In 1955, a slim, pale twenty-two year old Canadian pianist walked into Columbia Records studio in New York City to record some Bach variations. My uncle, Howard Scott, was going to be the producer of this record. The pianist was Glenn Gould. The record that emerged from the six days spent in the studio in mid-June was The Goldberg Variations. It was a record that upended the classical music world.
It is very difficult today to convey the impact this record had, particularly in 1950s America. Yes, there are household names in the classical music world today. Yo Yo Ma comes to mind. But no one that I know off has astonished and awakened the listening world like Glenn Gould did with his first LP. The shock tremors, though distant now, are still being experienced.
|Glenn Gould recording the Goldberg Variations, June, 1955|
|Glenn Gould and my uncle, Howard Scott|
Some musicians found Glenn Gould's interpretations of music not only eccentric but exasperating. Still, there was so much wonder in his playing, he earned their respect. The great conductor George Szell said of Gould, "That nut's a genius." Later, Gould stopped performing in public and retreated to his Toronto home. He would only record. He loved radio, and he would often give late night interviews on the air from a studio he had in his home. He died young, at 50. I know that Howard was proud of being part of Glenn Gould's momentous recording debut, as well he should have been. In turn, I was proud that Howard was my uncle. Sometimes, for pure effect, I'd bring it up, say, at a party. "You know Glenn Gould's Goldberg Variations? Well, my Uncle Howard produced that record." From those who knew the record, I got what I was looking for: wide eyes, a step backward and, "Really?"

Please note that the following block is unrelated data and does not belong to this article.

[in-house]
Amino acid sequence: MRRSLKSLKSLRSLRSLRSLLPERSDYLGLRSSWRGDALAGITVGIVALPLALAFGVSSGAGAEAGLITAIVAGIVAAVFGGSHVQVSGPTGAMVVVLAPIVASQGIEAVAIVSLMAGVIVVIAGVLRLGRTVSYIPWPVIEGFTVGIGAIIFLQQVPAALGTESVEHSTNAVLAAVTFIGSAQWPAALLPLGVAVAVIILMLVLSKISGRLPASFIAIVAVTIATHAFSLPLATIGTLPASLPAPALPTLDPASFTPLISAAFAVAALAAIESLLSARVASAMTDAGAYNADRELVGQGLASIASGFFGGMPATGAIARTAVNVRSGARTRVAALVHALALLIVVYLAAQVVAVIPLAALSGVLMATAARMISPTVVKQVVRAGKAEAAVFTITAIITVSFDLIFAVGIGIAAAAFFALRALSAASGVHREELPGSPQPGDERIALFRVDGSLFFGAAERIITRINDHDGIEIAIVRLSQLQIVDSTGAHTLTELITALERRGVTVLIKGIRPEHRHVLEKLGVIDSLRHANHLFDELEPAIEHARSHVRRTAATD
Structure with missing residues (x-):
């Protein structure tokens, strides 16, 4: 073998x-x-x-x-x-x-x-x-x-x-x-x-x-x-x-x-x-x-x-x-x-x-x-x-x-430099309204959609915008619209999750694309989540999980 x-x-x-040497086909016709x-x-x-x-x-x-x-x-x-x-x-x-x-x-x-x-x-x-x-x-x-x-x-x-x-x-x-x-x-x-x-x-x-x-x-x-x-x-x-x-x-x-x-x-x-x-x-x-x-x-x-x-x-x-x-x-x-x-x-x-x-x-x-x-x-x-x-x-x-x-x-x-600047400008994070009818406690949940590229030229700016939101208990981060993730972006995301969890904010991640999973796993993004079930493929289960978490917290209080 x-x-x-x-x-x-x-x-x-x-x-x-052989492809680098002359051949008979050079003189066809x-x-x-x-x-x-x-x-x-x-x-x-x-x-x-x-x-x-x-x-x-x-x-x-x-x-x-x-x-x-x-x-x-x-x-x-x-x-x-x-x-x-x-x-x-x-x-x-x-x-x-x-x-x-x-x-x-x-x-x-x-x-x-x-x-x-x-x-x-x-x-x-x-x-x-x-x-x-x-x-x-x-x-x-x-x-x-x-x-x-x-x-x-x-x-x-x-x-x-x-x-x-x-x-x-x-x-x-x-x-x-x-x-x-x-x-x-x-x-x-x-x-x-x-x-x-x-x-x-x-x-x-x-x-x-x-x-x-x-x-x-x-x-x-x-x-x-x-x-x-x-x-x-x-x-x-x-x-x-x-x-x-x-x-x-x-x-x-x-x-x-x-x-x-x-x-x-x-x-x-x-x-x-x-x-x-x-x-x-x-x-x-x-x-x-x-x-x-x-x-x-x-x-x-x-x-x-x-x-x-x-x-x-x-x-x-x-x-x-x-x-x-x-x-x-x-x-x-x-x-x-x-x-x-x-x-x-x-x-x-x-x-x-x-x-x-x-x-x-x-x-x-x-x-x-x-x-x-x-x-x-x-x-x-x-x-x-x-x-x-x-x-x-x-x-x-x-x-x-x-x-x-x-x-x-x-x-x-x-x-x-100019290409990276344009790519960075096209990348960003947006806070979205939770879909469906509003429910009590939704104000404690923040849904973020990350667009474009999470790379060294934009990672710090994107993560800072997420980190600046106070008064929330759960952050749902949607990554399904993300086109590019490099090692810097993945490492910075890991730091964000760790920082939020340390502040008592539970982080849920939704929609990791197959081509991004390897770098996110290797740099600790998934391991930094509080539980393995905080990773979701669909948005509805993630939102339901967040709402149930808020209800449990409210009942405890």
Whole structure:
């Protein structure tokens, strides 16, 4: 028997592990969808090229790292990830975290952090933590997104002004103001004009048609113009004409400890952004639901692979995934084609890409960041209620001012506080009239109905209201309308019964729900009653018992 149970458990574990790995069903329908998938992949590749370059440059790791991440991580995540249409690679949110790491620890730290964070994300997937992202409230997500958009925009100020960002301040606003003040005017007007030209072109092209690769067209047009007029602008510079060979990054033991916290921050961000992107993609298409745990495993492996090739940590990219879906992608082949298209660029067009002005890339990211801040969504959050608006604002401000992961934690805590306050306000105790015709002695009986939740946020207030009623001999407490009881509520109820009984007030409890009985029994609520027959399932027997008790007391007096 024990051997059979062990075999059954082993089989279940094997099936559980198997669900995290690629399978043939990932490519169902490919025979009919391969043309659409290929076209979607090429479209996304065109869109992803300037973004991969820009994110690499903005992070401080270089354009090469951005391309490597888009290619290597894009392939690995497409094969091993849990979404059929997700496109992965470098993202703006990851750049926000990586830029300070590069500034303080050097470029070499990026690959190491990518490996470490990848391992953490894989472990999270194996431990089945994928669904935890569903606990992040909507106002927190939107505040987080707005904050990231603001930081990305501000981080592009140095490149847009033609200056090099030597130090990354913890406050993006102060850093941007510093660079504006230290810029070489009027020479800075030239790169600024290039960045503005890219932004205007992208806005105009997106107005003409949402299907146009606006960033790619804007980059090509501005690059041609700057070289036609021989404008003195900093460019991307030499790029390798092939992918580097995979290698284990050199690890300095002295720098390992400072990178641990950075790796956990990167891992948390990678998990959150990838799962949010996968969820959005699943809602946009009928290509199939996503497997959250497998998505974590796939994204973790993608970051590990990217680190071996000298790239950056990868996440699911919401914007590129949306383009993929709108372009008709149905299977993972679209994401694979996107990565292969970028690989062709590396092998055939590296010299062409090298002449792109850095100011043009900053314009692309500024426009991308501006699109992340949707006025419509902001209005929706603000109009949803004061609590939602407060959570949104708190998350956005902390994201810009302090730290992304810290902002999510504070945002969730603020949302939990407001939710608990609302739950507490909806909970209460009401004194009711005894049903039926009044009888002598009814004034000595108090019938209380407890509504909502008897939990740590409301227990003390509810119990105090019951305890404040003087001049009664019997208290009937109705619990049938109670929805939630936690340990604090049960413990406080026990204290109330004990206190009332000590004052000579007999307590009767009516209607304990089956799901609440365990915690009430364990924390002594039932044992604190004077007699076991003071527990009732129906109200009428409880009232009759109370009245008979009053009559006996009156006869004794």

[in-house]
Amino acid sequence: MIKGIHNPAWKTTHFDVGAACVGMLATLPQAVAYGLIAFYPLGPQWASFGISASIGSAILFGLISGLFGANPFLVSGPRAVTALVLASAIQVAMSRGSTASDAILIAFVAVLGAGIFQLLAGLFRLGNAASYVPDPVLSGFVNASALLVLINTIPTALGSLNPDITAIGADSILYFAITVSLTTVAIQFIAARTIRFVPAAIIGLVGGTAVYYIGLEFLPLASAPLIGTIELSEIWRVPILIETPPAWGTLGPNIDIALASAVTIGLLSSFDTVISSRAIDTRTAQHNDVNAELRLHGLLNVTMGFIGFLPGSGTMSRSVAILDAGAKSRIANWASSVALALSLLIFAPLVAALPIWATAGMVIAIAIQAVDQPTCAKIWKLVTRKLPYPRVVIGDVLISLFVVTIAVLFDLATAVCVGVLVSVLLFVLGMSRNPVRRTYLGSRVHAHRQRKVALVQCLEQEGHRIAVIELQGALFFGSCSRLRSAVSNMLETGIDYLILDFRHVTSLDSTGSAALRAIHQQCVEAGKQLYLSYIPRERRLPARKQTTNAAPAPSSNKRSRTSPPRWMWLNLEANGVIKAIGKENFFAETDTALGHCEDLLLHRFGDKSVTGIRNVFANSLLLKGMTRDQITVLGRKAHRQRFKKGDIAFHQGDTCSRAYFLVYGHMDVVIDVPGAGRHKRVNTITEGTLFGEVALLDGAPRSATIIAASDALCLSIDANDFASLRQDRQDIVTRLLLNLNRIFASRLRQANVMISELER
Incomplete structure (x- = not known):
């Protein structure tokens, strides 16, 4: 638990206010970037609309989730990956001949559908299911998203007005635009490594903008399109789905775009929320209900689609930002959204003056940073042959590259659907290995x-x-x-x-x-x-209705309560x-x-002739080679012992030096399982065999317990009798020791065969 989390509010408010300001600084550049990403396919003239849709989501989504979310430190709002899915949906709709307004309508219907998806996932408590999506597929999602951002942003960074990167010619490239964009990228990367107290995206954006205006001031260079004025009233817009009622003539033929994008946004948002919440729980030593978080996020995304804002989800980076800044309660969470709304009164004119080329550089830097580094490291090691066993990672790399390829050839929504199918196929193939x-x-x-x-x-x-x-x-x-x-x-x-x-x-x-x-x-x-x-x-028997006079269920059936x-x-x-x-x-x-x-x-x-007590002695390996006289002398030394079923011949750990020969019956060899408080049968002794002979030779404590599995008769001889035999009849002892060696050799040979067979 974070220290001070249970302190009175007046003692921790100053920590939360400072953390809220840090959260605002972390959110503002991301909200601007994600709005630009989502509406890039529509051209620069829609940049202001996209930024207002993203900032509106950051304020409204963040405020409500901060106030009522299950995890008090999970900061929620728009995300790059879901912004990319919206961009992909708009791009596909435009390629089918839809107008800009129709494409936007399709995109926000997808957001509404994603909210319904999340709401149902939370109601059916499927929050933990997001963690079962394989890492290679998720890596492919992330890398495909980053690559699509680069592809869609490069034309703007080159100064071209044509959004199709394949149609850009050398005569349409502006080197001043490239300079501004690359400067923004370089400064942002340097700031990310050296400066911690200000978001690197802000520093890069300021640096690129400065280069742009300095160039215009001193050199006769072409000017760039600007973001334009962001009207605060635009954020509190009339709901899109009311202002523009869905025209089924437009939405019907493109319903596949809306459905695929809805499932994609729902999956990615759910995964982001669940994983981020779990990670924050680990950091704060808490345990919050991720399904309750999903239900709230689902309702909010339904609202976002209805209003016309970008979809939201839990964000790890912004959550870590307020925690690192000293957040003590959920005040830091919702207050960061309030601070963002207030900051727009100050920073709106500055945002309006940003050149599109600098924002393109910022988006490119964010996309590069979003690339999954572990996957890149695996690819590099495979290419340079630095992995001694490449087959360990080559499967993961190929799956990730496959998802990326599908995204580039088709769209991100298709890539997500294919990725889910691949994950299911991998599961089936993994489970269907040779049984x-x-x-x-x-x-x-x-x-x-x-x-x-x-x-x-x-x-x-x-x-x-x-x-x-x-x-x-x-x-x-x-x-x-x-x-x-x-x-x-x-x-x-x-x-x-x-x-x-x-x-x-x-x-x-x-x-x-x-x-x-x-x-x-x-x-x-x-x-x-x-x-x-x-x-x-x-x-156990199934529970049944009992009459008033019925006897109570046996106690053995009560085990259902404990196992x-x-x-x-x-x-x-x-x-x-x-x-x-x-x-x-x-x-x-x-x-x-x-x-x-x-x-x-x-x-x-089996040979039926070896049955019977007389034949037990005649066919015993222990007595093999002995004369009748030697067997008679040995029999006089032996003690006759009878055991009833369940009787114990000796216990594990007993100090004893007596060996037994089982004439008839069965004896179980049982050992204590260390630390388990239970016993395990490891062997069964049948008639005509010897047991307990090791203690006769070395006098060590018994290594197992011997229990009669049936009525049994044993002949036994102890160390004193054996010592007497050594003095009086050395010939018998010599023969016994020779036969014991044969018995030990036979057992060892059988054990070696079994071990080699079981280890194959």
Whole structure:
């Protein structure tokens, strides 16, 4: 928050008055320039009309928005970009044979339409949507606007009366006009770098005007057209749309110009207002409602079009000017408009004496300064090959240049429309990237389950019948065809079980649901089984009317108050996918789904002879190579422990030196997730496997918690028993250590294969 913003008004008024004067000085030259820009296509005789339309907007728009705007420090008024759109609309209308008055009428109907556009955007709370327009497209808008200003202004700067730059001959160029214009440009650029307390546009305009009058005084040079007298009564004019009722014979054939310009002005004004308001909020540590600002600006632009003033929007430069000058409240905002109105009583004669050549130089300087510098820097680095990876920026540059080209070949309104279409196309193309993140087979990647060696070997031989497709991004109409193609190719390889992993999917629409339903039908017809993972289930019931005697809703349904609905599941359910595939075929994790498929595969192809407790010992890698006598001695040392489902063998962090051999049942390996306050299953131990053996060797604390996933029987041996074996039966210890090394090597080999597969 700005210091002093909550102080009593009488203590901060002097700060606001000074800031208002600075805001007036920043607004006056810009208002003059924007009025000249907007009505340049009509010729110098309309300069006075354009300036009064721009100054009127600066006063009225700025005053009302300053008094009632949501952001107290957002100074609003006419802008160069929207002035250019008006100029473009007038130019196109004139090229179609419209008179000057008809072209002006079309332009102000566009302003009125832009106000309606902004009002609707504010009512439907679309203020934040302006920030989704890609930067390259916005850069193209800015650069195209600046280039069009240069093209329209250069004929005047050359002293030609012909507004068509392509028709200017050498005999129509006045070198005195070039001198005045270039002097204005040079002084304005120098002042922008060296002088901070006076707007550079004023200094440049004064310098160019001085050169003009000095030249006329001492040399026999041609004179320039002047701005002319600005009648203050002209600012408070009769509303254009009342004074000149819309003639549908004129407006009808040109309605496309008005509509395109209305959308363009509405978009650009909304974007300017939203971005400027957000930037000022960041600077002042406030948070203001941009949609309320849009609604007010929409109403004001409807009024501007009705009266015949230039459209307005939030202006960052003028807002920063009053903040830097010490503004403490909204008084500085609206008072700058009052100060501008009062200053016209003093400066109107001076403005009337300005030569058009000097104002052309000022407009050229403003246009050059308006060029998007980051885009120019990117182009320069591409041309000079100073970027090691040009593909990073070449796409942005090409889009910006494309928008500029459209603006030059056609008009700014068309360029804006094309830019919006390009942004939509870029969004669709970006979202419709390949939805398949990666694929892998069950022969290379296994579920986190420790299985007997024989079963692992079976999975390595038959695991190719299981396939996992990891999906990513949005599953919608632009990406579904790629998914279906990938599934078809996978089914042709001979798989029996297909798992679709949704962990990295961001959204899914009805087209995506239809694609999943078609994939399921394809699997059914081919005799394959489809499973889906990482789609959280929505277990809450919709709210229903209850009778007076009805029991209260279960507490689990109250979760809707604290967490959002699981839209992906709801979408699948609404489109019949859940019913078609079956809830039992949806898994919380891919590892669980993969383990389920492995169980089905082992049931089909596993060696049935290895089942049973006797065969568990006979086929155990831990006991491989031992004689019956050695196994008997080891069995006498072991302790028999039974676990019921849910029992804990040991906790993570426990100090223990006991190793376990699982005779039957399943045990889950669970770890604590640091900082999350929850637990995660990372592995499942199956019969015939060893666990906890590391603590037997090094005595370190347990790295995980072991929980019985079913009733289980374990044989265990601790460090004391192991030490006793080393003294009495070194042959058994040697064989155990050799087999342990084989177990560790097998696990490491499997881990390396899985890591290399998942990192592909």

|Glenn and Howard|
Listening as a young man about to try to have a go at it as a writer, I was intimately aware, for the first time in my life, of what a living artist could do. He could walk into a studio and change the way people thought about music. Or at least about a composer. And people did think about Bach differently after Glenn Gould's recording of The Goldberg Variations. In the 1950s in America, artists were not role models, believe me. But when my uncle spun his stories, and when I listened to the record and to the peregrine falcon flight of Gould's hands across the keys, I felt what one single person could do with, as Stephen Sondheim (a fan of Gould's) put it, "skill in the service of passion." Gould was like a god. In six days in the studio in New York, he created a heaven and an earth, gorgeous and substantial. That he was slightly strange ("He showed up in the studio on a broiling hot summer day in an overcoat and gloves," Howard said to me once, laughing) made it all the more appealing.
|Glenn Gould indoors, preparing.|
I would not, I was pretty certain, ever reach the equivalent heights of a Glenn Gould as a writer. But I was damn sure going to try.
|The original album cover for The Goldberg Variations. Photos of Glenn Gould and my uncle.|